• The bearish signal for the bond market coming from overseas investors matters especially given how the U.S. government is likely to issue $1.9 trillion worth of new U.S. Treasuries over the next 6 months to finance the budget deficit and refill the Treasury General Account. That’s a lot, even when considering COVID-19 years.

  • The market should have the capacity to absorb that. But at what yield? The rejuvenated bond vigilantes are betting that it will be higher than 4%, and we wouldn’t bet against them. Future issuance, thus, will ensure that a bottom north of 4% will likely be in place through year-end.

Market Implications

  • We think there’s a reasonable case to be made for yields to continue to stay high, well north of 4%. This means that expectations of a pivot will continue to be pushed back (i.e. instead of seeing fed funds move lower, we’ll see fed funds stay the same for longer).

  • Higher rates will increase interest expense and therefore lower earnings expectations (EPS down). Lower consumer price inflation (CPI) means corporates won't be able to push through price increases which drove revenue growth over the last few years, and if producer price inflation (PPI - the cost of corporate inputs) stays flat or even increases, margins will be compressed along with market multiples leading to a contraction in valuations (as we saw in 2022).

  • If the above materialize, equities should roll over, the bear market rally should give up its performance, and the hoarding of jobs that has kept a lid on the unemployment rate will end (companies hoard jobs when equity markets are performing well), increasing the historically low rate.

  • Higher unemployment might trigger a recession, and we might finally see the tradable low we’ve been waiting for to build long-term positions. The timing of this tradable low will depend on how long lending standards remain tight (regional banks, many of whom have been downgraded in the last couple of weeks, could starve the economy of credit, and reduced credit availability could elongate a potential recession). This brings up shades of 2008, without a full-blown banking crisis.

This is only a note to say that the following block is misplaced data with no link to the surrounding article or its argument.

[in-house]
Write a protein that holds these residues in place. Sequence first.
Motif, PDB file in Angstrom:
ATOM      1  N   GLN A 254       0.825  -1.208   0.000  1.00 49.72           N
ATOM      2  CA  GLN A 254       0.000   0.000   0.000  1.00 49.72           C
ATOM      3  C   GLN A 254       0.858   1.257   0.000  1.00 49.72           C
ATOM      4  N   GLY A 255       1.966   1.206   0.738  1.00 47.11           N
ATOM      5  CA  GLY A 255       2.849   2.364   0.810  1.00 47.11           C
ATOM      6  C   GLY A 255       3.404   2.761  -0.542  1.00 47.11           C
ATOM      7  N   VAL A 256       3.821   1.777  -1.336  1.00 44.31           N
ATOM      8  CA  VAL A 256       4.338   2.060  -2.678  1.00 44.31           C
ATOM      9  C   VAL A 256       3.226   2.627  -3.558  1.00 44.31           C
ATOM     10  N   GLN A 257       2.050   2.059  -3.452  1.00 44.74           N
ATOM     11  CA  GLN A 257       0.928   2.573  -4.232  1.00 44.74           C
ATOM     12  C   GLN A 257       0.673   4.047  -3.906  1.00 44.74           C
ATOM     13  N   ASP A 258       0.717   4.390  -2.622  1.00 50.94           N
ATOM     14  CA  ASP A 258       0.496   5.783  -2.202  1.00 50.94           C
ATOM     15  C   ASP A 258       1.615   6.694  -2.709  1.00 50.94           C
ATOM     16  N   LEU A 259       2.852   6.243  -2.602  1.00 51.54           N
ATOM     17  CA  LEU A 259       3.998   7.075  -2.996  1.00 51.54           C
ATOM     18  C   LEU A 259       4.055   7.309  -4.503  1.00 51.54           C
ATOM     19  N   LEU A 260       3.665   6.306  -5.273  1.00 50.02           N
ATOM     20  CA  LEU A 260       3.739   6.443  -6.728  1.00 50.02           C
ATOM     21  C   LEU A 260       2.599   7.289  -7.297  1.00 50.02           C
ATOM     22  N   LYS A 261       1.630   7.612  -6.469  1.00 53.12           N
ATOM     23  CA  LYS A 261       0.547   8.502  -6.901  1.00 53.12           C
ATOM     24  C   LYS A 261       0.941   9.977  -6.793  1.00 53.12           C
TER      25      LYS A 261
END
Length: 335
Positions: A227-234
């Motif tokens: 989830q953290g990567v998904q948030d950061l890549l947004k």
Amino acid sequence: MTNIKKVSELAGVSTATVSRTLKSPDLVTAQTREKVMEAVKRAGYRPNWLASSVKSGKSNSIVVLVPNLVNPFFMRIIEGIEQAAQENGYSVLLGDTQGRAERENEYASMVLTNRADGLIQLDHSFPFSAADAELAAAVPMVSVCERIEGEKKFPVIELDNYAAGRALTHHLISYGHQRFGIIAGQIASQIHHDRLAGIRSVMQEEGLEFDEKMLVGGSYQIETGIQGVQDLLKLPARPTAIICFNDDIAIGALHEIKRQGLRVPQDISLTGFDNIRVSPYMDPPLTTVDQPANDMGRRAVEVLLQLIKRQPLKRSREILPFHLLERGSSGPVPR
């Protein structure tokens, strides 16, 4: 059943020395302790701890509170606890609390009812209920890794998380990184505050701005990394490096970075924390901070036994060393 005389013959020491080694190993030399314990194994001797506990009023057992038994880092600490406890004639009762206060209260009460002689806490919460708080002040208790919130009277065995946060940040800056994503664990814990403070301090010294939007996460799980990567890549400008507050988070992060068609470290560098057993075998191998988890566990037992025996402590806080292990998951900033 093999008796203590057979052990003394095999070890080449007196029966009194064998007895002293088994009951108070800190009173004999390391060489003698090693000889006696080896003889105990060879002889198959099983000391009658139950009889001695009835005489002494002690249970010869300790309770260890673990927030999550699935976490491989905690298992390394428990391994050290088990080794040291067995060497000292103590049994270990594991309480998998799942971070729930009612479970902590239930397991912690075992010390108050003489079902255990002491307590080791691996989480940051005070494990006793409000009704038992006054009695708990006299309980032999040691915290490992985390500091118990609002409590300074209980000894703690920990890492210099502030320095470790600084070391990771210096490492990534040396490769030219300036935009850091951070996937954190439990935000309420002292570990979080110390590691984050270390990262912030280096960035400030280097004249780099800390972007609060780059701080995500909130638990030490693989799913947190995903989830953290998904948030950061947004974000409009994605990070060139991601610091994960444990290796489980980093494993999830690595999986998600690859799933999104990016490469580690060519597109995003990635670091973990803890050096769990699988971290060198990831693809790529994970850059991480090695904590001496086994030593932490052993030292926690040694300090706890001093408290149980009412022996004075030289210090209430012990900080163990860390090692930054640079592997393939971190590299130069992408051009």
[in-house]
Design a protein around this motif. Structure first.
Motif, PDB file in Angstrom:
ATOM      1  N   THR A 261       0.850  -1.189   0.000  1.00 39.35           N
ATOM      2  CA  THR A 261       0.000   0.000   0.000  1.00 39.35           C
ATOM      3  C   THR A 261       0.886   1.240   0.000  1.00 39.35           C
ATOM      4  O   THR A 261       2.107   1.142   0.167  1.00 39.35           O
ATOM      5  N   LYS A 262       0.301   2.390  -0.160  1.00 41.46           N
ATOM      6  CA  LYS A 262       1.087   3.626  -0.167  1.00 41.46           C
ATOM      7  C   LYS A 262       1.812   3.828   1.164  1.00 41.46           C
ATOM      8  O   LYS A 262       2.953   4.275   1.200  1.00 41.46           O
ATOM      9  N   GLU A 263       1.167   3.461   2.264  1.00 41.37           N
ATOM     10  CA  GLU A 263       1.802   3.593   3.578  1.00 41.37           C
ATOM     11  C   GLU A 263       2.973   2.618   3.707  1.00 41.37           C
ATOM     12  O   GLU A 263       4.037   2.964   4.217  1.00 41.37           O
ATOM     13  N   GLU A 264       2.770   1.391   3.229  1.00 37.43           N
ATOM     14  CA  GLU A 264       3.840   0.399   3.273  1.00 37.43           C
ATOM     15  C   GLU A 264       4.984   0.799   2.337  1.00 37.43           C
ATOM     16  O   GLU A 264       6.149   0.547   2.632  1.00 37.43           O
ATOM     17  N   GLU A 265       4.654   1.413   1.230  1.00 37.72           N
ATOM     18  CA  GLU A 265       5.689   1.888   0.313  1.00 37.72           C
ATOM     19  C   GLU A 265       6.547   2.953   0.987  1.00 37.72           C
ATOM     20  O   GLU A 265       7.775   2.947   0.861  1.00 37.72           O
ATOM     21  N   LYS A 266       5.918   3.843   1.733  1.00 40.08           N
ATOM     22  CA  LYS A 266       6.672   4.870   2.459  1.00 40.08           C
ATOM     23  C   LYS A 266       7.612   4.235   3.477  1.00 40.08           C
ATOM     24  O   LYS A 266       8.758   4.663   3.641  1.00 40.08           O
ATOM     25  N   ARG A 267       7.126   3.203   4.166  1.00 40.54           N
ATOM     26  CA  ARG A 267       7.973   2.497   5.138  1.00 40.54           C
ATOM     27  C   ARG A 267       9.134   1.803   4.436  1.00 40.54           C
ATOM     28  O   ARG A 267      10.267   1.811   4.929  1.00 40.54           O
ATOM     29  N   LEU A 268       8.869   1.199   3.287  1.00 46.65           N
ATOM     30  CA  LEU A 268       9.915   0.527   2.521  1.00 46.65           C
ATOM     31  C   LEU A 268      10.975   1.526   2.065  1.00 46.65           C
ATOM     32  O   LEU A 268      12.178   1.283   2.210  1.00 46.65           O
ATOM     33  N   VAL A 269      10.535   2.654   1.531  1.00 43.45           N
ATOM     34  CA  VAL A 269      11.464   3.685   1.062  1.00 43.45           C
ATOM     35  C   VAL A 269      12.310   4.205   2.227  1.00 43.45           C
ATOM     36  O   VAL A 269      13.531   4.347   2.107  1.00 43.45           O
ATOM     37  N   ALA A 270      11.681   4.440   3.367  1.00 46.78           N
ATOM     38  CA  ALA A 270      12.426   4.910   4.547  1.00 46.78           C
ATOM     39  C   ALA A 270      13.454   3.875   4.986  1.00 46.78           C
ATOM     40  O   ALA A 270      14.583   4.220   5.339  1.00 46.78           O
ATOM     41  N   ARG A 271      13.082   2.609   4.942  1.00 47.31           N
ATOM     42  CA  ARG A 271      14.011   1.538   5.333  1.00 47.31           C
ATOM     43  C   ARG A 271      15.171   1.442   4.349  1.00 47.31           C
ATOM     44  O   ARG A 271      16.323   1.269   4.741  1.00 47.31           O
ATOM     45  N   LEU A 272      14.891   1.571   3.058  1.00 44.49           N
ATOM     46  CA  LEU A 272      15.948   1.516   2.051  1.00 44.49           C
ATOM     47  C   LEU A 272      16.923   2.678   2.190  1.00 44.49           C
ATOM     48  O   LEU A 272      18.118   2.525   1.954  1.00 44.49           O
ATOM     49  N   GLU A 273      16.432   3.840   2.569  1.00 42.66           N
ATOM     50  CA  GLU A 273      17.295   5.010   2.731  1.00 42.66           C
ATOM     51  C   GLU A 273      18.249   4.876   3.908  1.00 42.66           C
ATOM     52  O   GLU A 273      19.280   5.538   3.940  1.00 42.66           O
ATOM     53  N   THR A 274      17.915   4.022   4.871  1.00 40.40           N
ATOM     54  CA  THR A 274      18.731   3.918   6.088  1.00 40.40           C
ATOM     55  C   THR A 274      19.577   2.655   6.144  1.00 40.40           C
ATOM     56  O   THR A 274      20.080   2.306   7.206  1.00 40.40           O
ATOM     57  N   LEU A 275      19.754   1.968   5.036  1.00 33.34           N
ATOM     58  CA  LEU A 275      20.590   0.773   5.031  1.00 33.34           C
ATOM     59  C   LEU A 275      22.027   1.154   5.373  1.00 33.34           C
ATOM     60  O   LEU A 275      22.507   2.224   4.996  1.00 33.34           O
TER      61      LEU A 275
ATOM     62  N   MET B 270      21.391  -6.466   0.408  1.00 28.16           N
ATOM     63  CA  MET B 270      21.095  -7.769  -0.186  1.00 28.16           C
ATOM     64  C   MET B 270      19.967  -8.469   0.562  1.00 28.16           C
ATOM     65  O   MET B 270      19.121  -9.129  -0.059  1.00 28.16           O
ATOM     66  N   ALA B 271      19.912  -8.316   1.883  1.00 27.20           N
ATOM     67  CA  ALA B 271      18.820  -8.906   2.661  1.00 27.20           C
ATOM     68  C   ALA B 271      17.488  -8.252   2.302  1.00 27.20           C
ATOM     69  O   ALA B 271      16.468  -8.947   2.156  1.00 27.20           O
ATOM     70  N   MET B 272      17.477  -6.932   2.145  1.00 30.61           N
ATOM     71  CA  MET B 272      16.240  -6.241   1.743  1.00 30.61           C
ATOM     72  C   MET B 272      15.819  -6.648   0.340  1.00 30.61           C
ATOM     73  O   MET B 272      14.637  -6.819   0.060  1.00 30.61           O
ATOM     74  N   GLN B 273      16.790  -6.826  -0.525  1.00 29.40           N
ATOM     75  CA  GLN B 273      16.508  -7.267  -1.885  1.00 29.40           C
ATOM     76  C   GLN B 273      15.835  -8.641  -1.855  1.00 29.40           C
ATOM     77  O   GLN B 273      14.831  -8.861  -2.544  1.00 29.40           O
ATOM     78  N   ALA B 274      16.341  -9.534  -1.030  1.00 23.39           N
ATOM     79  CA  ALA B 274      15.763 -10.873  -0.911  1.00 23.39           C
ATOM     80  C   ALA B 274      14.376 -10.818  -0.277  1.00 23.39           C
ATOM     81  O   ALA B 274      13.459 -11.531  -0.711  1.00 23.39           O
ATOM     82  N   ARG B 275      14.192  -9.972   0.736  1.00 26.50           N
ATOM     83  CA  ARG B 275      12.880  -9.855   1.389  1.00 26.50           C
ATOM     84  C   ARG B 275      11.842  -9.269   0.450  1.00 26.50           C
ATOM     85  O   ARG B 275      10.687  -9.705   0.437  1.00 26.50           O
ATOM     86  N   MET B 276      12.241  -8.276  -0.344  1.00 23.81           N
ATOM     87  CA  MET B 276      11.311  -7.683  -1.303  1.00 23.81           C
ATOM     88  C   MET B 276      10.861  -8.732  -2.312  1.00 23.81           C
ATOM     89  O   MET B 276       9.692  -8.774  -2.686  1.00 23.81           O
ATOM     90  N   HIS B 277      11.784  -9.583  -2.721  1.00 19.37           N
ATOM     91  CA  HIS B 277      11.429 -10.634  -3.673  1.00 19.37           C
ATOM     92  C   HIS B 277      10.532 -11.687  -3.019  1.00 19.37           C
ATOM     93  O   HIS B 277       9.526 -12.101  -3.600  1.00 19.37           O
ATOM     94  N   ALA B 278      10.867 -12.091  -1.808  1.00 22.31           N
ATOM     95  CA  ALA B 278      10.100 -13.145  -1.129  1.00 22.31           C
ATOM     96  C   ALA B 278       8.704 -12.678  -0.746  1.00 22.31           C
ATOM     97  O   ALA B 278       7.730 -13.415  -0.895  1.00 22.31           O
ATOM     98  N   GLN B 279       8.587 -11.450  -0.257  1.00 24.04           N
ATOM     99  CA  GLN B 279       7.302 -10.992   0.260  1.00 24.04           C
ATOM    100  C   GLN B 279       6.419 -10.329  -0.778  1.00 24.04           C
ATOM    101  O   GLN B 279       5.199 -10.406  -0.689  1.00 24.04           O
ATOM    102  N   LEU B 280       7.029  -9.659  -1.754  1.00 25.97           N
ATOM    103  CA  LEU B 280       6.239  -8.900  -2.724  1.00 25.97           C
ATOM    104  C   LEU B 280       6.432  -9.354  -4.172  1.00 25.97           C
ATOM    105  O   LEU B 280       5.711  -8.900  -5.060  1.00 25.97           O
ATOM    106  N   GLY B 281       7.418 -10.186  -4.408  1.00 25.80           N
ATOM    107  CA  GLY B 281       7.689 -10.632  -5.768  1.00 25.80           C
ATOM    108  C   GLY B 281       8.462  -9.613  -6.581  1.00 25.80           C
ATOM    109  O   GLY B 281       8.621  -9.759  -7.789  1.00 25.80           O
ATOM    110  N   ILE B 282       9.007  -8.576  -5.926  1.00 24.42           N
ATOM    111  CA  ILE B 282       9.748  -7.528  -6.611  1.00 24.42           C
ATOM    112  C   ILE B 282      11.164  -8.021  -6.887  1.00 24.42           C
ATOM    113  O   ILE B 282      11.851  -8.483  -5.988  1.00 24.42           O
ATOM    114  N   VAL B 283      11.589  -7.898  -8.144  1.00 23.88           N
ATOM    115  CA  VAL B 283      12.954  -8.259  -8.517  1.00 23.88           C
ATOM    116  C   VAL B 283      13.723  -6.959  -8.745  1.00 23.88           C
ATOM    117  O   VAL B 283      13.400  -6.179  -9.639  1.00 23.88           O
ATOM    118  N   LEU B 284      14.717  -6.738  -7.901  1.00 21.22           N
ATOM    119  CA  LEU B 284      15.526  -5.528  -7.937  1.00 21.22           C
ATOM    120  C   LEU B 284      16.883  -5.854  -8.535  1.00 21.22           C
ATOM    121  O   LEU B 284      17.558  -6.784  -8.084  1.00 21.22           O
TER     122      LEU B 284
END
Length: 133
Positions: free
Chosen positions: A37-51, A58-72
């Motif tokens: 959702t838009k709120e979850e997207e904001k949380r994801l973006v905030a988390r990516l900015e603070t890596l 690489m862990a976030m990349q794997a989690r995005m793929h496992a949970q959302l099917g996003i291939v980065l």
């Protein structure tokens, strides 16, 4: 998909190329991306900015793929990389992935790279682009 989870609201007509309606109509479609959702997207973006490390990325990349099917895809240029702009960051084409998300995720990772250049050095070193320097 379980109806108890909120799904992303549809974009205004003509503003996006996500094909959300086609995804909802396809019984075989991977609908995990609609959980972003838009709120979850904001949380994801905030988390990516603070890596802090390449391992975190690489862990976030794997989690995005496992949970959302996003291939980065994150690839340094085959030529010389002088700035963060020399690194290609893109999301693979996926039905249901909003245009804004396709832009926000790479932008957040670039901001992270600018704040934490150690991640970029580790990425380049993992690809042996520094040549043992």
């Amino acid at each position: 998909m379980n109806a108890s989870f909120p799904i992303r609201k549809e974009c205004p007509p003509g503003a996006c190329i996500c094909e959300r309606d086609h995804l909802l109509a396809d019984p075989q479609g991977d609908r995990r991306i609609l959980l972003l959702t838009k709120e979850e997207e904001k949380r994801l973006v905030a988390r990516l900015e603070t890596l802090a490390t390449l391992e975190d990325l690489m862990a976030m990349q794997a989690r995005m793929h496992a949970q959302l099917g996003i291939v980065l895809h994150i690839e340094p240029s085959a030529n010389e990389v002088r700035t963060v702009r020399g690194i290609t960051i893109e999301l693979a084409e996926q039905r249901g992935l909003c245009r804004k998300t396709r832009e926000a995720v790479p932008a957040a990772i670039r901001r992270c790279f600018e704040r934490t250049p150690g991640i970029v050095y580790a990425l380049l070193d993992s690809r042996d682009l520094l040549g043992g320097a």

• In one line, we believe only a recession can put a cap on higher yields, and until we see that recession take place, we wouldn’t favor being long bonds.

Gold’s Cup and Handle

So What: Gold has performed remarkably well considering the headwinds from higher yields, and a ‘Cup and Handle’ formation highlights long-term bullishness.

It’s rare for gold sentiment to be as lackluster as it is today. Sentiment towards the junior gold miners has probably never been worse, and the gap between the gold price and the performance of these stocks has been getting wider.

Part of the divergence is rooted in the performance of real yields (rising real yields are a headwind for gold and gold miners). However, we should note that the performance of gold has been remarkably strong considering the rise in real yields – in fact, gold should have performed far worse over the last 18 months (on the chart below, real yields are inverted).

If nominal and real yields continue to rise, then gold should still come under pressure in the short term. But in a recession, we should expect the authorities to provide more liquidity, via lower interest rates, more QE, or another fiscal boost.

  • Over the last decade, gold has performed best when central banks were debasing their respective currencies. Rather than being a play on outright inflation, gold has been a play on fiat currency inflation.

  • Whilst central bank largesse today may not be as great as it was during the 2010-2020 period, because they may be handicapped by higher base levels of inflation, we should still expect the monetary and fiscal levers to be pulled in a recession.

  • This means that any significant weakness in gold in the short term should be interpreted as an opportunity to accumulate ahead of new all-time highs.

Gold’s Cup and Handle

Whilst technical formations don’t play out simply because they look like a textbook pattern, they do provide us with an excellent set of inflection points. Of note is the triple top in the $2,050-$2,075 region. If this breaks, we should expect investor interest to spike again.

  • For some, the easiest strategy is to continue accumulating gold when it dips.

  • Others may use the triple top as a strike zone for buying call options.